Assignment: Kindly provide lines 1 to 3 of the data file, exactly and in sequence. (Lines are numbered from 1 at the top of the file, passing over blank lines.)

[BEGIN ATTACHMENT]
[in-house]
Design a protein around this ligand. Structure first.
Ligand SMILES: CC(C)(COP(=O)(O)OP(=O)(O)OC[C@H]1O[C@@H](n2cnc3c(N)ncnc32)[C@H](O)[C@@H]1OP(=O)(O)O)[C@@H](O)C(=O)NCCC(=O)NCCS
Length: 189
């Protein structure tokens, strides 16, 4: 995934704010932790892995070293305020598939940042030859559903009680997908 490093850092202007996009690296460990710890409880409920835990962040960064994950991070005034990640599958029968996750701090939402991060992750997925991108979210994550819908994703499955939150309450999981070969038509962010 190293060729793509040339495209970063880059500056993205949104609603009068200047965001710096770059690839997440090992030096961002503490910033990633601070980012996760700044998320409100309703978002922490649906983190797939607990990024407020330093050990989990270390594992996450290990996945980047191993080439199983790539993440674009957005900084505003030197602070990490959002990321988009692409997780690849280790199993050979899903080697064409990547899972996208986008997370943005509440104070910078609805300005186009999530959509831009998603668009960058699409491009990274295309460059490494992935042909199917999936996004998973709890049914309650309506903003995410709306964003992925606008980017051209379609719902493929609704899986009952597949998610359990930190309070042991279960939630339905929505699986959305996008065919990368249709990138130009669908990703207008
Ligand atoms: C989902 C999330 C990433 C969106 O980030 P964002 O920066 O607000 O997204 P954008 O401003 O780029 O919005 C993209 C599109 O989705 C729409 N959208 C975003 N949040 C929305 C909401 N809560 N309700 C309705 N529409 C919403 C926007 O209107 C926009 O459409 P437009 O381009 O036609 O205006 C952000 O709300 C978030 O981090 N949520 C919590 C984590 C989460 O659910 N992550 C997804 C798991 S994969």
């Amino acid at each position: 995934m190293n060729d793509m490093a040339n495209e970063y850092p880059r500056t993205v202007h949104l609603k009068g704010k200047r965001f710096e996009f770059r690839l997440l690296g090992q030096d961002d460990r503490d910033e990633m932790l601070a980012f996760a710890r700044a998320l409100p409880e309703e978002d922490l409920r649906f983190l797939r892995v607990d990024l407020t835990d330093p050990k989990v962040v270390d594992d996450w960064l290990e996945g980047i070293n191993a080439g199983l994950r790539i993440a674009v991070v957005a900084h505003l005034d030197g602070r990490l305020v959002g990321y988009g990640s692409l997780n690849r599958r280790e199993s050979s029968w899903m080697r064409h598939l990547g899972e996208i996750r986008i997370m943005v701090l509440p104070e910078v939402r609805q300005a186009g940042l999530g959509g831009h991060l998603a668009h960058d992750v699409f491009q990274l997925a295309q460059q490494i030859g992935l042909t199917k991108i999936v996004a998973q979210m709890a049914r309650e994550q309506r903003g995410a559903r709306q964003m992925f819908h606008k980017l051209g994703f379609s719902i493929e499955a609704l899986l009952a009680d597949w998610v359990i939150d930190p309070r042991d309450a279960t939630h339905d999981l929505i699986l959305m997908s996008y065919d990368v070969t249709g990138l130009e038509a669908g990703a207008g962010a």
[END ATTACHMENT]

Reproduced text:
[in-house]
Design a protein around this ligand. Structure first.
Ligand SMILES: CC(C)(COP(=O)(O)OP(=O)(O)OC[C@H]1O[C@@H](n2cnc3c(N)ncnc32)[C@H](O)[C@@H]1OP(=O)(O)O)[C@@H](O)C(=O)NCCC(=O)NCCS